Boaters' Update 19 April 2019

However you’re spending the glorious four-day weekend, I hope you find time to read this latest edition. In it you'll find our dredging plans, how we manage canalside vegetation, a review of Crick Boat Shows 2014 & 15 (and news of this year’s, the 20th, show) as well as water saving tips for new boaters, a new boater’s handbook, turtles, north west office changes and the regular latest news, stoppages and events sections!

Spring photo of Staffs & Worcs Canal, Coven

Welcome to the latest edition and Happy Easter! For some of you the boating season never ends. For others, this four-day weekend marks the start of your annual time afloat. Whichever group you fall in to I hope you have an eggcellent (I promise that’s the only one…) time out on the cut in what’s forecast to be a glorious weekend.

However you’re spending it, I hope you find time to read this latest edition in which we continue with the topic of dredging and talk about our plans for this year. There’s also an overview of how we manage canalside vegetation, a review of Crick Boat Shows 2014 & 15 (and news of this year’s, the 20th, show) as well as water saving tips for new boaters, a new boater’s handbook, turtles, north west office changes and the regular latest news, stoppages and events sections!

If there’s an article you’d like to read in a future edition then do please drop me a line.

Happy boating,

Damian

In this edition:

News round-up and the fortnight ahead      

Over the last few weeks you may have heard, or seen, that:

Below I’ve picked out some events you might be interested in over the next few weeks. Of course, there are plenty of other activities and volunteering opportunities if none of the below take your fancy. Just visit the events section of the website to find the perfect one for you.

  • 19 to 22 Apr – Dozens of boats will moor up across the National Waterways Museum Ellesmere Port’s seven-acre site this weekend for the stalwart of the boating calendar that is the Easter Boat Gathering. While the beautiful historic vessels, lovingly restored by dedicated owners, will be a central attraction, there’s plenty more to do for the whole family.
  • 19 to 22 Apr – Take a stroll next to the Grand Union Canal (Great Haywood) or the Trent & Mersey Canal (Linslade) for some retail therapy at a floating market.
  • 28 Apr – A different type of stroll, one of history, can be had if you join the Montgomery Canal heritage discovery walk for a medium-ability circular walk.
  • 28 Apr – Of course, you might like your towpath time to be more active. If that’s the case then why not help us celebrate the Sheffield & Tinsley Canal Bicentenary, in partnership with Accelerate Running, by taking part in a 5-miler out from Victoria Quays to the Olympic Legacy Park and back.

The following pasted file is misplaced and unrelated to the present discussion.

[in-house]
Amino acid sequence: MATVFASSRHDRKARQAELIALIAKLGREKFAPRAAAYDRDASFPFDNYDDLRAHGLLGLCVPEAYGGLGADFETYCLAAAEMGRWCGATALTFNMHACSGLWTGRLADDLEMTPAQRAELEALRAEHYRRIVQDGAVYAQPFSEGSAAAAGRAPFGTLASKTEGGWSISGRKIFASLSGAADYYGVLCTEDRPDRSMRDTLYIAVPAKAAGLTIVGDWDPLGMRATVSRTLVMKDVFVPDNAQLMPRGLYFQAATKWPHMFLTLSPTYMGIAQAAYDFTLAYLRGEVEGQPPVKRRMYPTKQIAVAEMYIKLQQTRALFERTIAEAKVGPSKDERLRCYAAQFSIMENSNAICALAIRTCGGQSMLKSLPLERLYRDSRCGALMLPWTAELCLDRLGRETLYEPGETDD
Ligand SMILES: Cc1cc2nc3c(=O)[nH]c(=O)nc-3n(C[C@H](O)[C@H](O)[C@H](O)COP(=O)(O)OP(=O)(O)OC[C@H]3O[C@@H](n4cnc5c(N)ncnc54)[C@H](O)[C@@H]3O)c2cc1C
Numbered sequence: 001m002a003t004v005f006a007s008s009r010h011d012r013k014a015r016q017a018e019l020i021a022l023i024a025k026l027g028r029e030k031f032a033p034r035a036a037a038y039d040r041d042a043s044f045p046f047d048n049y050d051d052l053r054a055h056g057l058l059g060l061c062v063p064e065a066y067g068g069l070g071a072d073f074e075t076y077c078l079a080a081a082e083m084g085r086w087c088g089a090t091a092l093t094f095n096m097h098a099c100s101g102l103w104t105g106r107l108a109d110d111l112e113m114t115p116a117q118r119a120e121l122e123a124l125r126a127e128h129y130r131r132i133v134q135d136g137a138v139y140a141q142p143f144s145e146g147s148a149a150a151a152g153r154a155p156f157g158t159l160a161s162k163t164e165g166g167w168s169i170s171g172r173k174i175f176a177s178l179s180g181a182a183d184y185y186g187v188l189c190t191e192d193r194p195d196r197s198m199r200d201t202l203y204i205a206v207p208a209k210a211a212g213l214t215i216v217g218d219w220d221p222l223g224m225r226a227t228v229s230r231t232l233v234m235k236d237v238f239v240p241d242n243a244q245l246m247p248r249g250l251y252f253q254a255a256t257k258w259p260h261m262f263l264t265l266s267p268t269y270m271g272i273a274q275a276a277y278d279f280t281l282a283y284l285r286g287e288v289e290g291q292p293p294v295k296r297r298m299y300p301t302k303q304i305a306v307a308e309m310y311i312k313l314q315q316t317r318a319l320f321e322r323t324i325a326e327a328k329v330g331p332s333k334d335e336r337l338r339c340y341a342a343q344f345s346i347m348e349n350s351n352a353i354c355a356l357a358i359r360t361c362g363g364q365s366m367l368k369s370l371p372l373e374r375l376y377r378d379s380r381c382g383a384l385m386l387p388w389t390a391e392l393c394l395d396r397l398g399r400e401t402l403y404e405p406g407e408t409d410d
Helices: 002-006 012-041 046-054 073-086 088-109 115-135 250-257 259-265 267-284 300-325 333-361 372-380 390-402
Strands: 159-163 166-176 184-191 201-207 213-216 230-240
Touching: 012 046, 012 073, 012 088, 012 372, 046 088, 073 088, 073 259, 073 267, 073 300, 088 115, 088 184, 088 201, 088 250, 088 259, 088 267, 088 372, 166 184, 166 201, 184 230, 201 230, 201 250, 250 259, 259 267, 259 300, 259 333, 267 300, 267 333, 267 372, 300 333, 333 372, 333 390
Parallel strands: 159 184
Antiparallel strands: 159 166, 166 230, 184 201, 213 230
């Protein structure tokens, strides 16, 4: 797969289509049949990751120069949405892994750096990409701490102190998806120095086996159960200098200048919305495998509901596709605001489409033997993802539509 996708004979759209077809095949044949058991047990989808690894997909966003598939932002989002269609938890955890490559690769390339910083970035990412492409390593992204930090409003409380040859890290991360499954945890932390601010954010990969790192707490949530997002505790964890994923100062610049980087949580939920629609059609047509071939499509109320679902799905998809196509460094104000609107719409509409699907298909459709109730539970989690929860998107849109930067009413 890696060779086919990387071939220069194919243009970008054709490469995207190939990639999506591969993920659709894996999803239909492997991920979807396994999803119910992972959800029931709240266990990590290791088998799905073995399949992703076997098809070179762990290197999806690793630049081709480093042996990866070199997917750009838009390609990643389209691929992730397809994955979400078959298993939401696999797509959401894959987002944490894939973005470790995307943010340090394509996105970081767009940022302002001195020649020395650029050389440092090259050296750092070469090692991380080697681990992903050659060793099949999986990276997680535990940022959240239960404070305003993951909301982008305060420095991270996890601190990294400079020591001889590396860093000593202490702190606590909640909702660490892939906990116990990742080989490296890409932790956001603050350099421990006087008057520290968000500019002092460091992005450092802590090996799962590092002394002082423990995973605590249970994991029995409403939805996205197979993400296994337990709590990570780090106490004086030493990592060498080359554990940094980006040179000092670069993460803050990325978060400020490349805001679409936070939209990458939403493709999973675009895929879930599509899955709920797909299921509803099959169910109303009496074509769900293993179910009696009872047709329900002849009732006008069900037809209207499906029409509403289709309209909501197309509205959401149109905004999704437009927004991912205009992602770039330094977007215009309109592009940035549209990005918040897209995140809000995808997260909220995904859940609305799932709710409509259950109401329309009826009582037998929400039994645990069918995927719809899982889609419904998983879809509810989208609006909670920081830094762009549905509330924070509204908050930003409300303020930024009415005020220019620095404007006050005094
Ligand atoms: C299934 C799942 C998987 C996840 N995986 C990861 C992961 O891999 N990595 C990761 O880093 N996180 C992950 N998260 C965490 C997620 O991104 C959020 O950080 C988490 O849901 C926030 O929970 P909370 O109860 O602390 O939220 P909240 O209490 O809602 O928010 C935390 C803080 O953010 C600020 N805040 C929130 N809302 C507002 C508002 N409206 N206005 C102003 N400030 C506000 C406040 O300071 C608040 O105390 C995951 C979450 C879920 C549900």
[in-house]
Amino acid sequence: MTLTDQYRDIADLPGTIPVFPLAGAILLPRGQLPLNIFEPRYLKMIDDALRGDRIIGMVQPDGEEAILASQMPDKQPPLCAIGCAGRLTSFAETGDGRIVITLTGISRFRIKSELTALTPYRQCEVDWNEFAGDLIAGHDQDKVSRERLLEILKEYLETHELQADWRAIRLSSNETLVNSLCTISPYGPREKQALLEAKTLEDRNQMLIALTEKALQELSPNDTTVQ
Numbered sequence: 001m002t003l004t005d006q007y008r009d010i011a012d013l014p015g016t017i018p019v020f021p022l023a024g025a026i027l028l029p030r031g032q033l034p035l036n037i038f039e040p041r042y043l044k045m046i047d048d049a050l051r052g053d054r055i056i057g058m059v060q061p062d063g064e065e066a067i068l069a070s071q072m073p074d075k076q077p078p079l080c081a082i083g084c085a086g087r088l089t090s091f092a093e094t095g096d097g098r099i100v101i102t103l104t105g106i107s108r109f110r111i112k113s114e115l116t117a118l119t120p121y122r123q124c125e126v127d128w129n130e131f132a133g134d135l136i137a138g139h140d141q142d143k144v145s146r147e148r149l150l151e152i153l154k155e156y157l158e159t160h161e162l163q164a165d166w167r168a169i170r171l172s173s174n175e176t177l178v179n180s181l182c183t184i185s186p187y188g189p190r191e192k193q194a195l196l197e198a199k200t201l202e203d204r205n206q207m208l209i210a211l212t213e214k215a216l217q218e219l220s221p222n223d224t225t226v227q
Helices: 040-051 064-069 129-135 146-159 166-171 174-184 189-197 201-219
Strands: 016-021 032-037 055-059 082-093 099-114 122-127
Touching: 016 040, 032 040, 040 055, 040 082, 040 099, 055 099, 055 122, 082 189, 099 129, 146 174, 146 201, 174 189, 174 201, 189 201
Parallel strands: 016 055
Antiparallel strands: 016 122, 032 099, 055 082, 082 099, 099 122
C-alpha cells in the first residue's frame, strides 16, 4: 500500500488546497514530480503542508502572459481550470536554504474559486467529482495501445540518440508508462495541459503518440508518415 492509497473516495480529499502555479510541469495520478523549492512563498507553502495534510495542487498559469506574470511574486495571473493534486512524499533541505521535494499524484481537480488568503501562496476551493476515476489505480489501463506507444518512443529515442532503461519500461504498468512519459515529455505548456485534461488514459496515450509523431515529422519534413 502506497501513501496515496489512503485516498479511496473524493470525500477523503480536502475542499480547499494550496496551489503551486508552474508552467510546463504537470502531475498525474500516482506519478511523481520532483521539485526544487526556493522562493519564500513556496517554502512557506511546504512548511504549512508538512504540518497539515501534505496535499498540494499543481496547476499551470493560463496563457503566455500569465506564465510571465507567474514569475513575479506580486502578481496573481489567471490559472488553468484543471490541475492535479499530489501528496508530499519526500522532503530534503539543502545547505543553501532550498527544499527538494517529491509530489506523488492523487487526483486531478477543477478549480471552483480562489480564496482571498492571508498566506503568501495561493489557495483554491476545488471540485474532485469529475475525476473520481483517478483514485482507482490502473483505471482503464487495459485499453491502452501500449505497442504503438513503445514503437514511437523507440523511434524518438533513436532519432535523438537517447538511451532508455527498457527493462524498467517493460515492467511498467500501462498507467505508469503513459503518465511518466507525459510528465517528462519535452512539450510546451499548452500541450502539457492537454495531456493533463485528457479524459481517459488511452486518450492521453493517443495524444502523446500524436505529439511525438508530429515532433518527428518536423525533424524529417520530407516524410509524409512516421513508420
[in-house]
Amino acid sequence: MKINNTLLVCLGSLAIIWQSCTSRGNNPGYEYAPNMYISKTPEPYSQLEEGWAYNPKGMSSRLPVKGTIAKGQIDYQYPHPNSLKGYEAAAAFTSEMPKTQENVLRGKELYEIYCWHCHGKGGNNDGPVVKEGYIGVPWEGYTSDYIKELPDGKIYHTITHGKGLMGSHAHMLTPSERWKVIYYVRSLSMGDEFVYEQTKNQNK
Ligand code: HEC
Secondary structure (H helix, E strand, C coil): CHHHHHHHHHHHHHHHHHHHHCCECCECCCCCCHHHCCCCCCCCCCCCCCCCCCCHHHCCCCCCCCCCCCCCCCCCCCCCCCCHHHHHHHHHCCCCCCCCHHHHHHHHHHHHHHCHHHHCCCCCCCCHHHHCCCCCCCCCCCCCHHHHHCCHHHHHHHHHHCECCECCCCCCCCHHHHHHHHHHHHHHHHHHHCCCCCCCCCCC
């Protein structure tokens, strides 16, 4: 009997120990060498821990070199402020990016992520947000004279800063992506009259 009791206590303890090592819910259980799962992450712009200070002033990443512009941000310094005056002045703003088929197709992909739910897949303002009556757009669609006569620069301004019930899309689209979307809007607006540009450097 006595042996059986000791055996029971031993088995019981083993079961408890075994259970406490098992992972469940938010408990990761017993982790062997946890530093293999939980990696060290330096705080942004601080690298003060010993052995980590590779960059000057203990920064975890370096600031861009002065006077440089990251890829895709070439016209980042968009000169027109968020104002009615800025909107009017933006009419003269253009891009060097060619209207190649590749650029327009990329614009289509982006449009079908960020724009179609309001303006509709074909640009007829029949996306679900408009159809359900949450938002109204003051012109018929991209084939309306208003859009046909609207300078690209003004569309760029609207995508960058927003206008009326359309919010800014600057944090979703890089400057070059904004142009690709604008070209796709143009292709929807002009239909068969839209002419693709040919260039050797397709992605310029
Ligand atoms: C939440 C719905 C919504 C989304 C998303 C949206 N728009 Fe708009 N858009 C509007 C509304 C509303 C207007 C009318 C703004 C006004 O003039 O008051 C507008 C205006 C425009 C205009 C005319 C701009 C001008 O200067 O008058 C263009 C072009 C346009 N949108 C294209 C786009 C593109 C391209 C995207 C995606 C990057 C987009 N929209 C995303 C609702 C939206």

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Our £8 million dredging plans

In response to the last edition’s article on why, when and how we dredge, the most common question you sent in was ‘when are you dredging near me?’ Well, read on to find out!

The comprehensive £8 million programme for the next 11 or so months covers locations identified by boaters, as well as the places that need dredging every year.

We will be carrying out dredging work on the following canals over the next year:

  • Oxford Canal (various locations between Enslow and Wolvercote)
  • Grand Union Canal (various locations between Bull’s Bridge and Boston Manor)
  • Upper & Lower Peak Forest Canal (River Tame to Whaley Bridge)
  • Macclesfield Canal (at various lengths)
  • Monmouthshire & Brecon Canal (Sebastopol to Usk Road)
  • Coventry Canal (Coventry Basin to Hawkesbury)
  • Worcester & Birmingham Canal (Diglis to Lea End Lane)
  • Llangollen Canal (spot dredging)
  • Chesterfield Canal (River Trent to Babworth)

Annual maintenance dredging will take place at these locations:

  • the River Weaver (including Hunts Lock),
  • the Ribble Link
  • the River Severn
  • the Gloucester & Sharpness Canal and
  • throughout the Yorkshire and North East region

And we’ll be clearing these areas:

  • the River Thames approach to West India Dock
  • the River Mersey approach to Canning Half Tide Dock
  • lock approaches on the River Trent

Dredging at Red BullWe’ll also be supporting feeder improvement works at priority locations across the network to maintain water feed – more important than ever given the dry weather over the past few years. Alongside this, we will take on jobs that arise throughout the year and investigate sites for work in the future.

Jon Horsfall, head of customer service support, said: “Any boater will tell you how important dredging is, and we agree. It’s a never-ending task, and a necessary one, as we as work to keep the waterways navigable and stop them becoming silted up. We listen to boaters’ feedback and we target our dredging accordingly: if we get lots of reports of a problem spot, it will go onto our priority list. This year we’ll be tackling plenty of places that boaters have told us could do with a little extra attention. We’ll also be focusing on supporting our charity-wide water saving work by using dredging to help clear feeder channels in key spots.